I learnt to sew before I was even seven. We were a hand-picked group of 3-4 girls who every friday traversed the churchyard from our little village school to the Old Post Office Cottage set on its edge. You can just see its little roof peeping out from behind the church. We duly paid our 40p to Mrs. Hinton; who then embarked on teaching us all she knew. It always felt like stepping back in time when we entered her house.
|Old Postcard of Speldhurst Church|
In the Summer she would open the front door with a view over the tombstones and the giant yew and we would sew and chatter on the front step. In the winter we would sit in the tiny kitchen huddled around the old pine table.
|Old Post Office Cottage, Speldhurst|
Mrs. Hinton was an expert. She worked on all the tapestry church kneelers, made the embroidered banners and her attention to detail was unrivalled. She knew everything about sewing and I can remember her sitting with her grey hair in a bun and her silver thimble on her finger berating us for not concentrating or chattering too much.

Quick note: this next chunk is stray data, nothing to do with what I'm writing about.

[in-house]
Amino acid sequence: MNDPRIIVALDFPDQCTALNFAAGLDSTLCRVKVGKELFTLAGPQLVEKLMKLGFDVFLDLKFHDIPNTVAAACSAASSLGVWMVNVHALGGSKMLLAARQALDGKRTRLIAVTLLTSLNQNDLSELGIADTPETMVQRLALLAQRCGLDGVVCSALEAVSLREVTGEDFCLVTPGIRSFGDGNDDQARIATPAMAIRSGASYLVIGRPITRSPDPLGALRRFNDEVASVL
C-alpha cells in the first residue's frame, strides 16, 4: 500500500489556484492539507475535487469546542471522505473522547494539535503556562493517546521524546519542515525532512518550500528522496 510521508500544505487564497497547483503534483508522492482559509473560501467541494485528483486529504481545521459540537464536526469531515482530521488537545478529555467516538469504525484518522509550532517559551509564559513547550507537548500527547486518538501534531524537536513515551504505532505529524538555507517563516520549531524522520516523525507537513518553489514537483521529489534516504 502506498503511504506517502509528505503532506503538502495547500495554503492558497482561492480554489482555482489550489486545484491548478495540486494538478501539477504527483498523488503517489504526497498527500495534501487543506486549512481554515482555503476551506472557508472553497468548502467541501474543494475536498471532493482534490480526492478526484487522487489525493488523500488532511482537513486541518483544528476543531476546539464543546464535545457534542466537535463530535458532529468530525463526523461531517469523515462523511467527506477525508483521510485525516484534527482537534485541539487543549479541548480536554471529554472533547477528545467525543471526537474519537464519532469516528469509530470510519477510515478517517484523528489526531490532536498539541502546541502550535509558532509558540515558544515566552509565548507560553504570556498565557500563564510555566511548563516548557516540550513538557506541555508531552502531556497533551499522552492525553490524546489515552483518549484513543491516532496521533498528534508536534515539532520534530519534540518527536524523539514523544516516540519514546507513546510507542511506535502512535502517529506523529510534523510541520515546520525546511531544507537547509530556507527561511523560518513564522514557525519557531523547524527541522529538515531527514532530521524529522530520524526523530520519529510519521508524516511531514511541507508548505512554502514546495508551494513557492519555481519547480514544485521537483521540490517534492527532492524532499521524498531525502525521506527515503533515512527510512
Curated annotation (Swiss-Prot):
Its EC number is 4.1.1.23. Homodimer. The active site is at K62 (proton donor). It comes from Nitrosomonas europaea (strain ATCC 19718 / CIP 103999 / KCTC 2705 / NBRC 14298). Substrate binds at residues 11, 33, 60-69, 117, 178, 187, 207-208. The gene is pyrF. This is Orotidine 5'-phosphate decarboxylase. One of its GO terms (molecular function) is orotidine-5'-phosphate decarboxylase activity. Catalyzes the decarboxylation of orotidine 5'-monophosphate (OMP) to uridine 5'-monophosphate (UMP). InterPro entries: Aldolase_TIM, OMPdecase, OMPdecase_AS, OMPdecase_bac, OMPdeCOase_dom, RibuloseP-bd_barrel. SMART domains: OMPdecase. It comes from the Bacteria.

For it was there in the parlour of her 18th century cottage, with the view over the churchyard , that I learnt everything possible: to sew; to smock; the tapestry art of bargello; of embroidery and how to manoeuvre a sewing machine.
|Example of Bargello work from pigtown-design.blogspot.co.uk|
We would rifle through her box of wool offcuts from the carpet manufacturers, choosing each tone and hue very carefully. Here I fell in love with colour and discovered just how much I love the process of selecting and putting colours together to form a palette.
And at age 7 & 3/4's I made my first skirt. I vividly remember running home that day, up the hill, in my new skirt, laughing and asking my mum if she noticed anything different about me. For this was a crafting rite of passage.
I don't know where said skirt is but myself and Katya, a fellow student, often reminisce about our early creations. My mum had chosen a peach floral from C&H Fabrics with matching thread but I secretly coveted Katya's jumble sale find; a deep scarlet red with tiny black polka dots. And it turns out, I discovered years later, she coveted mine.
I never forgot Mrs.Hinton. In her 90th year, a short time before she died, I wrote to her; to thank her. Then, freshly graduated, with a First class honours degree in Textile Design from Chelsea; I felt I owed her a lot of the credit. Her patience, knowledge and her ability to instil in a group of giggling girls a lifetime love affair with textiles, craft and the handmade was a priceless gift. She wrote back to say how proud she was. I am so glad I wrote that letter.